1. Dick Lahn, who died November 22 at the age of 76, was really smart. Way back in 1967, at a League of Conservation Voters’ lecture, he saw the light: “I was working as a mathematician for NASA, and suddenly I knew that protecting our environment was what I really wanted to do.”
2. When Dick Lahn put his mind to a problem he always found the solution. He always made it fun and shared the credit with others.
3. Dick spent half a century trying to clean up the Chesapeake region, working with environmental groups large and small. Many of the river-protector groups like the South River Federation and Severn River Association owe a debt of gratitude to Dick Lahn for his help and guidance.
4. As a Sierra Club volunteer in 1972, Dick Lahn found himself leading the charge against the Liquefied Natural Gas Dock at Cove Point in Calvert County. The Sierra Club subsequently negotiated a long list of protections for the land, surrounding neighborhoods and the environment as conditions for importing tanker-loads of gas. Four decades later, that settlement is still affecting how the owner, Dominion Cove Point, can do business.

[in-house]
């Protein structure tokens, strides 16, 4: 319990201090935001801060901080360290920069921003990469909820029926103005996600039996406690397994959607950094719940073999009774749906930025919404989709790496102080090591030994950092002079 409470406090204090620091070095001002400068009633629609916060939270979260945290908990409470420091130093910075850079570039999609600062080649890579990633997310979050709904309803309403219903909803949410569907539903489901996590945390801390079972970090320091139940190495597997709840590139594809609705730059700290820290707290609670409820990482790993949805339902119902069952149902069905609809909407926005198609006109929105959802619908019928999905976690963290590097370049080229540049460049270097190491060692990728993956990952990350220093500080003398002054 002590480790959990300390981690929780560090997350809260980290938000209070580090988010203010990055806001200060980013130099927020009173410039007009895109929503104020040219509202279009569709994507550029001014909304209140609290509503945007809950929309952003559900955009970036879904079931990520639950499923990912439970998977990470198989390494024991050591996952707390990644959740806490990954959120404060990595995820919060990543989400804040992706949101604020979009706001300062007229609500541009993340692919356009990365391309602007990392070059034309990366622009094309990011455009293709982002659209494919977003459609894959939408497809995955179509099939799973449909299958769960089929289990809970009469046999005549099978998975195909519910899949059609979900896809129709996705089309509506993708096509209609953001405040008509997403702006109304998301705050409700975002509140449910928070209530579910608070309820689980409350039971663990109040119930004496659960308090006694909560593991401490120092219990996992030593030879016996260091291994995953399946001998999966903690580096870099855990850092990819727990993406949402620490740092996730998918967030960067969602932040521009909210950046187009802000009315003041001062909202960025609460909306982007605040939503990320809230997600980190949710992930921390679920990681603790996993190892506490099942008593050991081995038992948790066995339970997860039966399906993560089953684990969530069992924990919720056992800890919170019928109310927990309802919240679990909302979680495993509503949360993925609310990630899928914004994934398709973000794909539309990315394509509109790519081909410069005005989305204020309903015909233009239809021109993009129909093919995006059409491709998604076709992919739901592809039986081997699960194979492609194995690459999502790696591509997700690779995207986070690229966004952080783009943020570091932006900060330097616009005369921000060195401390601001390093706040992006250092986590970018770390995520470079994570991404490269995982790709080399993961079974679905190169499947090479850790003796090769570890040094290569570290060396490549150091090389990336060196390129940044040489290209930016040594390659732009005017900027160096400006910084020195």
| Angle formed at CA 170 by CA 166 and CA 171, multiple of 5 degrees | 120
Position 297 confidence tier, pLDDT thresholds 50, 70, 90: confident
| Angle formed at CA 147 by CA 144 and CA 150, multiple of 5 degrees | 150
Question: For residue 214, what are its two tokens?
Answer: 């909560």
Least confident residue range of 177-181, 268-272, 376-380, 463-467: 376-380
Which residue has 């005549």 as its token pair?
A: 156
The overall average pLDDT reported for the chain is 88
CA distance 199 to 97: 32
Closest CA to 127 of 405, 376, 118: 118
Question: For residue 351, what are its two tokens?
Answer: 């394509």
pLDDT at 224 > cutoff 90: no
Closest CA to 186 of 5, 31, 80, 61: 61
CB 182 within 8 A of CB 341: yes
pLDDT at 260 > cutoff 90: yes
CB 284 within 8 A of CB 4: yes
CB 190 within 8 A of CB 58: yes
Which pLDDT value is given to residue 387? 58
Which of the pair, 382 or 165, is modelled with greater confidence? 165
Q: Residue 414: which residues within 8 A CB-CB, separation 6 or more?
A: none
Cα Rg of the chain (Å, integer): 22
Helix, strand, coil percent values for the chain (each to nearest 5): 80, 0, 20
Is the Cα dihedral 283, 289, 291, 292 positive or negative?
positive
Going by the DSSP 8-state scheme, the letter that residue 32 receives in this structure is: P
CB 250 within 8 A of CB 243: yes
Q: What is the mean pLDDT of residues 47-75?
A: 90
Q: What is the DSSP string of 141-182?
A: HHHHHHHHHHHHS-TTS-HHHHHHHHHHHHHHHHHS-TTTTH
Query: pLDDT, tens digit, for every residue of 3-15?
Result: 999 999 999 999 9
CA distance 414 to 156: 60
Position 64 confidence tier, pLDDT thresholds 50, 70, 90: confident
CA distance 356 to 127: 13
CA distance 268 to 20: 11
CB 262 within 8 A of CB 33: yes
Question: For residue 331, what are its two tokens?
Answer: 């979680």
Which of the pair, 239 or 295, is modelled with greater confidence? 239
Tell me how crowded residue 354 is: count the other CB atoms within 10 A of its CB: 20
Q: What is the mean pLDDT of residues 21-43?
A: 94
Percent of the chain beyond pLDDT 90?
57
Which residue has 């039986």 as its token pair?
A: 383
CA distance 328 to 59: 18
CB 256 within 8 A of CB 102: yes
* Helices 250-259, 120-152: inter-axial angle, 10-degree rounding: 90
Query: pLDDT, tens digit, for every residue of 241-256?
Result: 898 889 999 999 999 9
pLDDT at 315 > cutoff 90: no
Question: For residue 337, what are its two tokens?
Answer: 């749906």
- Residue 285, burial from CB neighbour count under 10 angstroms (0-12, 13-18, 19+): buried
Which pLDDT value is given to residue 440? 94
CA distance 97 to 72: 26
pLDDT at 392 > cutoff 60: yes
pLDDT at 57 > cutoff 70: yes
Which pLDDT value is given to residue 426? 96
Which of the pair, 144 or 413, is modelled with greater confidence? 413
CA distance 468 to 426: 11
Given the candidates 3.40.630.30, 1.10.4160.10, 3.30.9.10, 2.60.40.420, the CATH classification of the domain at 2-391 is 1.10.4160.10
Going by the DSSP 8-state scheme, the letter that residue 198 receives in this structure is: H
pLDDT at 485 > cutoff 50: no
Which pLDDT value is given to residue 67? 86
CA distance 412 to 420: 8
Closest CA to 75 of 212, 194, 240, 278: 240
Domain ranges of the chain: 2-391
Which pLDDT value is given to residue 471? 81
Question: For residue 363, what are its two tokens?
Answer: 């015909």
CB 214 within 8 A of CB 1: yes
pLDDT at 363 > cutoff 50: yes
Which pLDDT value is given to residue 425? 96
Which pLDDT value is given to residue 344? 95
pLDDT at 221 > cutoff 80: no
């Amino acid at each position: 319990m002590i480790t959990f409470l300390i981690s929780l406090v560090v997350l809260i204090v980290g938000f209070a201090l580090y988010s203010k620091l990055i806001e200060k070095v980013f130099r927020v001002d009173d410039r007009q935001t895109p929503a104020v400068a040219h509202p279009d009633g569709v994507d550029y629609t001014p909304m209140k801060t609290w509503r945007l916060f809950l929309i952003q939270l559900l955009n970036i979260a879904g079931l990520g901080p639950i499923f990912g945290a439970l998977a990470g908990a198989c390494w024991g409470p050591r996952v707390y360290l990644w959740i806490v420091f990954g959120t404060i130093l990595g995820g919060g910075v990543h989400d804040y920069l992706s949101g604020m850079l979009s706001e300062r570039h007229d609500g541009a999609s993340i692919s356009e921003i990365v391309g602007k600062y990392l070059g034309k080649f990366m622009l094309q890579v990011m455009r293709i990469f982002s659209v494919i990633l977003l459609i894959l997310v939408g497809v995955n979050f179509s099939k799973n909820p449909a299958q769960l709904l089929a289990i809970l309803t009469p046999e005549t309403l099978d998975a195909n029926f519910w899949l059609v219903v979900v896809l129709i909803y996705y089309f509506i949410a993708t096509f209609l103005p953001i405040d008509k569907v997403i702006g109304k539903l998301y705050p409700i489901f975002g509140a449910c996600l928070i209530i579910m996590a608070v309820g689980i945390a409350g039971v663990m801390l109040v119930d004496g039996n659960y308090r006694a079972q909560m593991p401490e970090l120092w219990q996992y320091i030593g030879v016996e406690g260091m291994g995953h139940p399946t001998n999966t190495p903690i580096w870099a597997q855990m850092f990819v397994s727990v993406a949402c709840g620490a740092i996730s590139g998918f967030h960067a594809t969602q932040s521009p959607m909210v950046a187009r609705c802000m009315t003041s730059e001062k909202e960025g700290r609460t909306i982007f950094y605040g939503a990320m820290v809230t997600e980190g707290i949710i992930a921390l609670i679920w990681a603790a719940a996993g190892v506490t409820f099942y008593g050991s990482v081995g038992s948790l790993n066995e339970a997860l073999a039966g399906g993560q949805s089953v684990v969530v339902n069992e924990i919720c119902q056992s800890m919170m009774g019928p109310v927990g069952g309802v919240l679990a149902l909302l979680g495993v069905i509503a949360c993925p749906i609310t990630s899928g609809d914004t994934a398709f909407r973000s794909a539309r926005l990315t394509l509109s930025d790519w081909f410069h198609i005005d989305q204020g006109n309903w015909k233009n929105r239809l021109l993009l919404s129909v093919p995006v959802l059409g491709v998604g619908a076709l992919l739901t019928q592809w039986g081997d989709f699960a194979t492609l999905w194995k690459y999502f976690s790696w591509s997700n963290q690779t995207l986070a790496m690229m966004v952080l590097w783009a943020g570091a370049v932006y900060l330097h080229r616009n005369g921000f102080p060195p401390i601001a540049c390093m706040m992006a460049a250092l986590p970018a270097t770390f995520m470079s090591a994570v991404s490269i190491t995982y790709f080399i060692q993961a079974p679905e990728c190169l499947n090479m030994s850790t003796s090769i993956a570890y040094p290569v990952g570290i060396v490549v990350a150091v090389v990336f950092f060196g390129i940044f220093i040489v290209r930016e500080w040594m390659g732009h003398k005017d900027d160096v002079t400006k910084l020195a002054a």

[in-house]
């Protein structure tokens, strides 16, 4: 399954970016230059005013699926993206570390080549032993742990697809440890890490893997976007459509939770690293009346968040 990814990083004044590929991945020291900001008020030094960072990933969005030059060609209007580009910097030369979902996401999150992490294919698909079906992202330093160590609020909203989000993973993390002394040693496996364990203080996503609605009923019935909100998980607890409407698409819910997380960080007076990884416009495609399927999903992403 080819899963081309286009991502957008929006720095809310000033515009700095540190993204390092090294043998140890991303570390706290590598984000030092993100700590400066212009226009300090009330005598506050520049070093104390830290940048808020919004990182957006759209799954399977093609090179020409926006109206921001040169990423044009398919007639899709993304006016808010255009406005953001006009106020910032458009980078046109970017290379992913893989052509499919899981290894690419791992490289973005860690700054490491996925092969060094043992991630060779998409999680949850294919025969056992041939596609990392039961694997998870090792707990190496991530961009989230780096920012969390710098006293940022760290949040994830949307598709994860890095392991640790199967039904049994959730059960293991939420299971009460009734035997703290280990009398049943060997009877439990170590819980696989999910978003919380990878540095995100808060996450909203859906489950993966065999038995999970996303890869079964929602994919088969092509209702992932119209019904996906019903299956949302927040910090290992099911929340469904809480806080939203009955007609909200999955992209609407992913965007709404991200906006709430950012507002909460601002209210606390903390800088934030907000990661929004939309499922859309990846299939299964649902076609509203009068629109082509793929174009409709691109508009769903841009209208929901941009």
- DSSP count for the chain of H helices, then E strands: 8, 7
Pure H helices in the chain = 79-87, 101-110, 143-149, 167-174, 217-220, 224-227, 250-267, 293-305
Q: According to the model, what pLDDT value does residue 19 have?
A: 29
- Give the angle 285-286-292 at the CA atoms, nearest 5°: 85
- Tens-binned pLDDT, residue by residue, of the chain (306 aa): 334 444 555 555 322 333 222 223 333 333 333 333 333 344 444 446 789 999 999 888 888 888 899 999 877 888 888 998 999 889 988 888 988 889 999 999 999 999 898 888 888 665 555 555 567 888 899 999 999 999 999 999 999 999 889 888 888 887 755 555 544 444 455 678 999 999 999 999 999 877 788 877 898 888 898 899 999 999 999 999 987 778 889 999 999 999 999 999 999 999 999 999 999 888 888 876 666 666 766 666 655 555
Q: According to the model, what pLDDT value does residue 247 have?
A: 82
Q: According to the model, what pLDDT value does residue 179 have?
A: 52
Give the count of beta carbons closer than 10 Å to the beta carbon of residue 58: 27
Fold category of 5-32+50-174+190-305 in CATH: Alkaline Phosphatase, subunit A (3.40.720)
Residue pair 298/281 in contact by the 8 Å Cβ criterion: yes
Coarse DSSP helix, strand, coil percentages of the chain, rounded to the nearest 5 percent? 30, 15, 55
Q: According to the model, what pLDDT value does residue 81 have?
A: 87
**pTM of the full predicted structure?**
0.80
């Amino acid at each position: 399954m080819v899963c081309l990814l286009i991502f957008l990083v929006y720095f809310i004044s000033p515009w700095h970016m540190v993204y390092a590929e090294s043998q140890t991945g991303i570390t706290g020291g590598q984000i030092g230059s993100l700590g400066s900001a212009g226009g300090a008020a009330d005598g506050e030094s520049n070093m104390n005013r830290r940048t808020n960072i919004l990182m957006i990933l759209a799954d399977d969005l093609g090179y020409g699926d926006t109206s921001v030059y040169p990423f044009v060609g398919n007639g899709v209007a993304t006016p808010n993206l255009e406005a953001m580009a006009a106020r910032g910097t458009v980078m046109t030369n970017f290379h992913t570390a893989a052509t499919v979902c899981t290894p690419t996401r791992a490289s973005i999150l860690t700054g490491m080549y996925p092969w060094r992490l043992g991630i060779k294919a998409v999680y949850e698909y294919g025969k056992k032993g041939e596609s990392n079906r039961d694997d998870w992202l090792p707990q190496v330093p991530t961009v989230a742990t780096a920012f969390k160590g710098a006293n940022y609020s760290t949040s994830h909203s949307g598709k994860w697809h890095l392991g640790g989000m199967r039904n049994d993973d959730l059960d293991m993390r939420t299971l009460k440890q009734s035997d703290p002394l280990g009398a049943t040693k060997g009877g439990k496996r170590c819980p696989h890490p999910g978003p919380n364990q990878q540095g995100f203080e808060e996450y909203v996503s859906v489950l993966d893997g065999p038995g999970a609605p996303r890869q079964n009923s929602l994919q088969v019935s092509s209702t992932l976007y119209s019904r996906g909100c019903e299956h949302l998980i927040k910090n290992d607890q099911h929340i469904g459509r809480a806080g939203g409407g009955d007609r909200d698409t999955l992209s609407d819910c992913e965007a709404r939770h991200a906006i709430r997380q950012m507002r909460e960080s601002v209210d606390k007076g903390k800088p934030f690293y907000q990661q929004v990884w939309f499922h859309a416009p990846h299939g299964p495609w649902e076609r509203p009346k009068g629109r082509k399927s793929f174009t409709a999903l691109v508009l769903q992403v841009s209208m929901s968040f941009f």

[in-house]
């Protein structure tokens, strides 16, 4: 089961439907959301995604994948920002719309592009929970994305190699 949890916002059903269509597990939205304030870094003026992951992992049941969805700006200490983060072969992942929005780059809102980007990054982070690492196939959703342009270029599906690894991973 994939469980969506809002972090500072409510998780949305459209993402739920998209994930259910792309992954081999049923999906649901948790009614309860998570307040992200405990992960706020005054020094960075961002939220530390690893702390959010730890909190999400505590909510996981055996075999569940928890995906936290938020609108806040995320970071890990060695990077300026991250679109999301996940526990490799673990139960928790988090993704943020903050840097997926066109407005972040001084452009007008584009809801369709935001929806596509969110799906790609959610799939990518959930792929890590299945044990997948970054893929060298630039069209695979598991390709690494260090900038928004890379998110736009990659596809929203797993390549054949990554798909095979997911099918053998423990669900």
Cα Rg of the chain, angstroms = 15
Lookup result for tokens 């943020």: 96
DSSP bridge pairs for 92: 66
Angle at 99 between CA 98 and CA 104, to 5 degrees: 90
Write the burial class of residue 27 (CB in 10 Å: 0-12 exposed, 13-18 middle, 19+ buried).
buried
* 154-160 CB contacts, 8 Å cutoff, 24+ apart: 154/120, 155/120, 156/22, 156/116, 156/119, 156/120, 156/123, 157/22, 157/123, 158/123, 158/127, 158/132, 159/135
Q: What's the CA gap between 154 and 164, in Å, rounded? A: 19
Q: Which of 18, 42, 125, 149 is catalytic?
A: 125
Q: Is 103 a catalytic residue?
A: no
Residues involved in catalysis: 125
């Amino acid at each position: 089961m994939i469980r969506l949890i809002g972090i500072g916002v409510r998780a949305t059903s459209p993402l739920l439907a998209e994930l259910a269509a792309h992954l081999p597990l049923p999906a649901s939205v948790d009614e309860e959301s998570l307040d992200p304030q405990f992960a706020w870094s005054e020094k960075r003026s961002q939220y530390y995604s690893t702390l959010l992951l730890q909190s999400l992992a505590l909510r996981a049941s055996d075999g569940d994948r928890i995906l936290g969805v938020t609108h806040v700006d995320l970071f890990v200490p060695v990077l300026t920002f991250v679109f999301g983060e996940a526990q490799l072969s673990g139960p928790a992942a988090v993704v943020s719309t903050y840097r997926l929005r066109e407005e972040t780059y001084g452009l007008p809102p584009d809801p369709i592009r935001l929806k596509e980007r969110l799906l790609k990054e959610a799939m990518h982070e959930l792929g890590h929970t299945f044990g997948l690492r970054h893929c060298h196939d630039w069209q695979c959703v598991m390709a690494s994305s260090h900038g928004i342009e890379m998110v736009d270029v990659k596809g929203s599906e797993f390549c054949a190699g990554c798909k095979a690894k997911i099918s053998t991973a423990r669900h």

5. After the U.S. House of Representatives voted to raise the permissible dose of radiation a person could safely be exposed to, Dick fought back. Without previous lobbying experience, he single-handedly garnered the help of Sens. Gary Hart and Ted Kennedy, and within six months they had defeated the legislation in the Senate.
6. Dick left NASA for a six-year tour on Capitol Hill, working as a lobbyist for the Sierra Club, helping to ensure that the landmark Clean Water Act of 1972 did what it was supposed to do. Clean water was Dick’s baby.
7. Dick thought globally, but his efforts were primarily local, and he mentored countless environmental groups like Annapolis Green and the West/Rhode Riverkeeper, ensuring that there would be future generations of champions to protect the natural world around us.
8. Dick loved the water but he realized “you can’t protect the water if you don’t protect the land.” So he worked tirelessly with land trusts, like the Scenic Rivers Land Trust, and state and county governments to preserve our fragile forests and wetlands.
9. Dick retired from the federal government in 2000 and dedicated his remaining years mostly to stormwater issues and another clever idea, the Annapolis Sustainable Business Alliance, a buy-local initiative. He was a strong promoter of locally grown food and farmers markets.
10. Dick’s legacy will be his String of Pearls visionary land-saving plan. Essentially, the idea was to string together environmentally significant lands — the pearls — to create a network of permanently preserved properties throughout the Chesapeake watershed. This effort has preserved almost 60 parcels, totaling more than 18,000 acres for us all.
Dick will be remembered and celebrated 4:30-7:30pm Sunday, December 9, in a memorial service at Annapolis Maritime Museum.